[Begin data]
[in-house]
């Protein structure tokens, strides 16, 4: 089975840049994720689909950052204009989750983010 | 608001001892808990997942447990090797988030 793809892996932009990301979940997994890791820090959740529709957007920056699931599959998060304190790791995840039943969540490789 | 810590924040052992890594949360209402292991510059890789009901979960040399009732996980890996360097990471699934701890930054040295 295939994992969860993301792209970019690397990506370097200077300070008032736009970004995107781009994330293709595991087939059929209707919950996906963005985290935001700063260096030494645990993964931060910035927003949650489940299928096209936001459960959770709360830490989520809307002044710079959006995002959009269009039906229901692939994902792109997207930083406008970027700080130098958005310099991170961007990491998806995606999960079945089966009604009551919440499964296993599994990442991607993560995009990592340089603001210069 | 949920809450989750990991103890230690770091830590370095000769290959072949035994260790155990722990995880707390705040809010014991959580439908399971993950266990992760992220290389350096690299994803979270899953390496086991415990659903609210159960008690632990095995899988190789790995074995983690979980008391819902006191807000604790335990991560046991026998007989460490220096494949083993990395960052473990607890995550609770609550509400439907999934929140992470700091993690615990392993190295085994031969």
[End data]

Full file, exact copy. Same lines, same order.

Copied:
[in-house]
């Protein structure tokens, strides 16, 4: 089975840049994720689909950052204009989750983010 | 608001001892808990997942447990090797988030 793809892996932009990301979940997994890791820090959740529709957007920056699931599959998060304190790791995840039943969540490789 | 810590924040052992890594949360209402292991510059890789009901979960040399009732996980890996360097990471699934701890930054040295 295939994992969860993301792209970019690397990506370097200077300070008032736009970004995107781009994330293709595991087939059929209707919950996906963005985290935001700063260096030494645990993964931060910035927003949650489940299928096209936001459960959770709360830490989520809307002044710079959006995002959009269009039906229901692939994902792109997207930083406008970027700080130098958005310099991170961007990491998806995606999960079945089966009604009551919440499964296993599994990442991607993560995009990592340089603001210069 | 949920809450989750990991103890230690770091830590370095000769290959072949035994260790155990722990995880707390705040809010014991959580439908399971993950266990992760992220290389350096690299994803979270899953390496086991415990659903609210159960008690632990095995899988190789790995074995983690979980008391819902006191807000604790335990991560046991026998007989460490220096494949083993990395960052473990607890995550609770609550509400439907999934929140992470700091993690615990392993190295085994031969």